Right Concentration

Further Meditation Subjects

The ten recollections form a miscellaneous collection. The first three are devotional meditations on the qualities of the Triple Gem — the Buddha, the Dhamma, and the Sangha; they use as their basis standard formulas that have come down in the Suttas. The next three recollections also rely on ancient formulas: the meditations on morality, generosity, and the potential for divine-like qualities in oneself. Then comes mindfulness of death, the contemplation of the unattractive nature of the body, mindfulness of breathing, and lastly, the recollection of peace, a discursive meditation on Nibbana.

The four sublime states or “divine abodes” are the outwardly directed social attitudes — loving-kindness, compassion, sympathetic joy, and equanimity — developed into universal radiations which are gradually extended in range until they encompass all living beings.

The four immaterial states are the objective bases for certain deep levels of absorption: the base of infinite space, the base of infinite consciousness, the base of nothingness, and the base of neither-perception-nor-non-perception. These become accessible as objects only to those who are already adept in concentration.

The “one perception” is the perception of the repulsiveness of food, a discursive topic intended to reduce attachment to the pleasures of the palate.

The “one analysis” is the contemplation of the body in terms of the four primary elements.

When such a variety of meditation subjects is presented, the aspiring meditator without a teacher might be perplexed as to which to choose. The manuals divide the forty subjects according to their suitability for different personality types. Thus the unattractive objects and the contemplation of the parts of the body are judged to be most suitable for a lustful type; the meditation on loving-kindness to be best for a hating type; the meditation on the qualities of the Triple Gem to be most effective for a devotional type, etc.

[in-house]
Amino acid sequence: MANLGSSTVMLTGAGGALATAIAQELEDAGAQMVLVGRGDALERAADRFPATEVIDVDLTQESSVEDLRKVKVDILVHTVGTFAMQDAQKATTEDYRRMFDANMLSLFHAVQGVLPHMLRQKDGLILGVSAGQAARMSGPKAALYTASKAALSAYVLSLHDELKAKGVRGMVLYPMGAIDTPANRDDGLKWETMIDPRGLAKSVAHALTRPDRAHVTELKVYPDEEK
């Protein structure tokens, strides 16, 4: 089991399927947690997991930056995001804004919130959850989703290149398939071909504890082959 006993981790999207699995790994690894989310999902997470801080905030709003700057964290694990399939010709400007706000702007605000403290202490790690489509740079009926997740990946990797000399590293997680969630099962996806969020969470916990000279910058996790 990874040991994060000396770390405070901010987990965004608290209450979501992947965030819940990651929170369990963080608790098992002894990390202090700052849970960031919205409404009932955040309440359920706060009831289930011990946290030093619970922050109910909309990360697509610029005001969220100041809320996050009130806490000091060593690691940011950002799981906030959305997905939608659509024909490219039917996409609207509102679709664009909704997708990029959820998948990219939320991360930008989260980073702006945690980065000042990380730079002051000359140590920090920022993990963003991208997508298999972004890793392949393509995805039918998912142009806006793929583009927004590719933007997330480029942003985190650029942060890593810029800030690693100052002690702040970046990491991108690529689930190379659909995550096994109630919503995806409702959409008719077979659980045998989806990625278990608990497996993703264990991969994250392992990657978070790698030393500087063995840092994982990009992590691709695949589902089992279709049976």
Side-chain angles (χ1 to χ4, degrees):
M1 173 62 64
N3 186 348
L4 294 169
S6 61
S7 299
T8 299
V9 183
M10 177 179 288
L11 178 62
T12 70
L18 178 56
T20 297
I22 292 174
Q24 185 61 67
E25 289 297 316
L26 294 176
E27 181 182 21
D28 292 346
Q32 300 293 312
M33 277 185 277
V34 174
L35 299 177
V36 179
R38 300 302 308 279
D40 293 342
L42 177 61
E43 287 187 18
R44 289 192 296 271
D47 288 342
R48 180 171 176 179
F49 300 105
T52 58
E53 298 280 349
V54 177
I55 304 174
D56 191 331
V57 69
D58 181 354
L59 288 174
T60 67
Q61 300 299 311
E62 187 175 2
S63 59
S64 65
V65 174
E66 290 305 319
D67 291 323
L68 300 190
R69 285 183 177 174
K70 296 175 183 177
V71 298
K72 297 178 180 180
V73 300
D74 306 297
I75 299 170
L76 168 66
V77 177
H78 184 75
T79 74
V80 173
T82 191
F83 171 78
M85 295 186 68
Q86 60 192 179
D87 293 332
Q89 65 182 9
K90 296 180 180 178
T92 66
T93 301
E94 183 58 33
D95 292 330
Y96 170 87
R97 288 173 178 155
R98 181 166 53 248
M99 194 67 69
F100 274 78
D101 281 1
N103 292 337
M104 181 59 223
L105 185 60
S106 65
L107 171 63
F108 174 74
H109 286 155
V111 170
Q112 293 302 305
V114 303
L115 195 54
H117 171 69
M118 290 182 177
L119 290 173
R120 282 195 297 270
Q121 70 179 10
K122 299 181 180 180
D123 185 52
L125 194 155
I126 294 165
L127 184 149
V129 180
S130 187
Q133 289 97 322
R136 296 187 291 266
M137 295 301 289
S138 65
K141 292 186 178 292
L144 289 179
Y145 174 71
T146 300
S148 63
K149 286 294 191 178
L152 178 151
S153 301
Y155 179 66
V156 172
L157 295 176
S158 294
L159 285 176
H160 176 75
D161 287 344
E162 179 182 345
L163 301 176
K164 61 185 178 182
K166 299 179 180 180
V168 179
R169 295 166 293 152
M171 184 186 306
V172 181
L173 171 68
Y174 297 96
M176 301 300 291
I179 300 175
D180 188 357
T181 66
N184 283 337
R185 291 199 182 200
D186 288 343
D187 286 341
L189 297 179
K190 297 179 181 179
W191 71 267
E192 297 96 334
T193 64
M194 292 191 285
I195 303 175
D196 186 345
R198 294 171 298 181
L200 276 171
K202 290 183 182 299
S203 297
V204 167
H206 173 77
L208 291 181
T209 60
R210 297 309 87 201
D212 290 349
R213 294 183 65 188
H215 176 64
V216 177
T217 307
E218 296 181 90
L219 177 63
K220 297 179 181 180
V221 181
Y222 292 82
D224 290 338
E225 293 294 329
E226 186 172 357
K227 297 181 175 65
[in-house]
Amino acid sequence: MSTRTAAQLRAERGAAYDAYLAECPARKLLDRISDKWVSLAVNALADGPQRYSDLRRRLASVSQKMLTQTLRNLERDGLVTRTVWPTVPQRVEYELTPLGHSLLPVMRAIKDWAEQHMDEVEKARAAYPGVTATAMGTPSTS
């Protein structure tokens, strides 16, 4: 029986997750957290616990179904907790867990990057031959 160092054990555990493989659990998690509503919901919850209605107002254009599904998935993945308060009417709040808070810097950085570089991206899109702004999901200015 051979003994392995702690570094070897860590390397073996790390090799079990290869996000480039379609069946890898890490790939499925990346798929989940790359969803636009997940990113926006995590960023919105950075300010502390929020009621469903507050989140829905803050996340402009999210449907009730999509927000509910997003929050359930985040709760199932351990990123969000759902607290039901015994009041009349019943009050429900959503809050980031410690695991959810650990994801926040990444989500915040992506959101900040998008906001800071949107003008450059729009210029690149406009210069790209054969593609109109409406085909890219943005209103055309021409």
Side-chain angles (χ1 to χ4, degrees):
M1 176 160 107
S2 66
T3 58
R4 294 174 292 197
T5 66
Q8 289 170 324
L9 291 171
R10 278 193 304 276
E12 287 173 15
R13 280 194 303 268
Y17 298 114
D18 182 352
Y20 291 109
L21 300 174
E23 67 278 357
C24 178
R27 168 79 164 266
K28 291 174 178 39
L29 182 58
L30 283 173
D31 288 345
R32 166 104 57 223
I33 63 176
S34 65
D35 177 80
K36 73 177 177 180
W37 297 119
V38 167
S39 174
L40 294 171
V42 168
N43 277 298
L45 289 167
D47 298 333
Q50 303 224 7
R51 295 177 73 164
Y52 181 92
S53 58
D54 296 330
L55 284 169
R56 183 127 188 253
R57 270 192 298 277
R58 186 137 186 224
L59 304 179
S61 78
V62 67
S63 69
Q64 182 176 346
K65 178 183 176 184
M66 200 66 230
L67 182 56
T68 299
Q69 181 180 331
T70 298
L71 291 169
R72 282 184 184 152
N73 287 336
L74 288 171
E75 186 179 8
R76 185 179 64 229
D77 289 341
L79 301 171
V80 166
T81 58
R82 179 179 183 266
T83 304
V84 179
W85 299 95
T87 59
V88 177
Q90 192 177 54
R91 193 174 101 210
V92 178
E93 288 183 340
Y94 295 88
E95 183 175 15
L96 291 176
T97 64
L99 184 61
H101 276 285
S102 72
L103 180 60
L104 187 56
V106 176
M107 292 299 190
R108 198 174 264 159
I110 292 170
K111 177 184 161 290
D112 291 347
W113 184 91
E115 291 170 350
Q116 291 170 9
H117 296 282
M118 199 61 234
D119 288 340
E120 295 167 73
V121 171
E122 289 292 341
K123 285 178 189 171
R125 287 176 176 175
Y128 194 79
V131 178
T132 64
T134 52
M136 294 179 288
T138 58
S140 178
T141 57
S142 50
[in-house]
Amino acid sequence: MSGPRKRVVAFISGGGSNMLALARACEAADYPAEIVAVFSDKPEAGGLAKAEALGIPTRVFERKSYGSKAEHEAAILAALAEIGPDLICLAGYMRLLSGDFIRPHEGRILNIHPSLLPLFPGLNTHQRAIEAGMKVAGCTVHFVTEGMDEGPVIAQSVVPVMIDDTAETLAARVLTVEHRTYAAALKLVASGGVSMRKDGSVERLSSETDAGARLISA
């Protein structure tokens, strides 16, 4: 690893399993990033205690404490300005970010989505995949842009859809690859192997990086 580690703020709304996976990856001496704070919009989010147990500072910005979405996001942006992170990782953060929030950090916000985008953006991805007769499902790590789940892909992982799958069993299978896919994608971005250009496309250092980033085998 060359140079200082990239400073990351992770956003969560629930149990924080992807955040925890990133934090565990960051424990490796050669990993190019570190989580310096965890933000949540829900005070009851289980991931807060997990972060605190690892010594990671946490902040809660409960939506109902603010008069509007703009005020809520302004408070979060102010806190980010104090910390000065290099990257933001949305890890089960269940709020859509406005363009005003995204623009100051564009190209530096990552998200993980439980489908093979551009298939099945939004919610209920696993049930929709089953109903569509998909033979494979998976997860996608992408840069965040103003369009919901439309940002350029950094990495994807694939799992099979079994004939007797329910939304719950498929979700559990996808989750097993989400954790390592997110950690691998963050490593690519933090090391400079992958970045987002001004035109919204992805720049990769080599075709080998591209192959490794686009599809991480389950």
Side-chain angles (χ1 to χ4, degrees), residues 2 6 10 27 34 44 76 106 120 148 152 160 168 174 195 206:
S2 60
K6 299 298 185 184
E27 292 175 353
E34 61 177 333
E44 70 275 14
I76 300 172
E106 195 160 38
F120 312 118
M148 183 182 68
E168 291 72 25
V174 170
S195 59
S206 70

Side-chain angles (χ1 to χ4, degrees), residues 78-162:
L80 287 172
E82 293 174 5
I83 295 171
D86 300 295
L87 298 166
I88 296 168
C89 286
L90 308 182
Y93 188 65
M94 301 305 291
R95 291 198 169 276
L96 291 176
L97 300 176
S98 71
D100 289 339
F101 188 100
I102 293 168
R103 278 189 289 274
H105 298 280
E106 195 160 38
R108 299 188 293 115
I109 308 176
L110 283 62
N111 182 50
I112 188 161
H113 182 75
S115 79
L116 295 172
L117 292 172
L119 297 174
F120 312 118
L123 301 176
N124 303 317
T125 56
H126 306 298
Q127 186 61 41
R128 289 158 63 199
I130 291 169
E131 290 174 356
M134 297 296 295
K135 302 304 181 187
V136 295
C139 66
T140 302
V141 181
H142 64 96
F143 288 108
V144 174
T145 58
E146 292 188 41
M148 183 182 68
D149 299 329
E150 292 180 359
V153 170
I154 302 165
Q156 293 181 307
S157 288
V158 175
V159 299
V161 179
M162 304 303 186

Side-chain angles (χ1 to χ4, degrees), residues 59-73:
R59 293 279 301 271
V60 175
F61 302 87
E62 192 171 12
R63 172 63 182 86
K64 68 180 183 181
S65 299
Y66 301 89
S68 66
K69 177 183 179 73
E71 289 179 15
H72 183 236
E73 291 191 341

But for practical purposes the beginner in meditation can generally be advised to start with a simple subject that helps reduce discursive thinking. Mental distraction caused by restlessness and scattered thoughts is a common problem faced by persons of all different character types; thus a meditator of any temperament can benefit from a subject which promotes a slowing down and stilling of the thought process. The subject generally recommended for its effectiveness in clearing the mind of stray thoughts is mindfulness of breathing, which can therefore be suggested as the subject most suitable for beginners as well as veterans seeking a direct approach to deep concentration. Once the mind settles down and one’s thought patterns become easier to notice, one might then make use of other subjects to deal with special problems that arise: the meditation on loving-kindness may be used to counteract anger and ill will, mindfulness of the bodily parts to weaken sensual lust, the recollection of the Buddha to inspire faith and devotion, the meditation on death to arouse a sense of urgency. The ability to select the subject appropriate to the situation requires skill, but this skill evolves through practice, often through simple trial-and-error experimentation.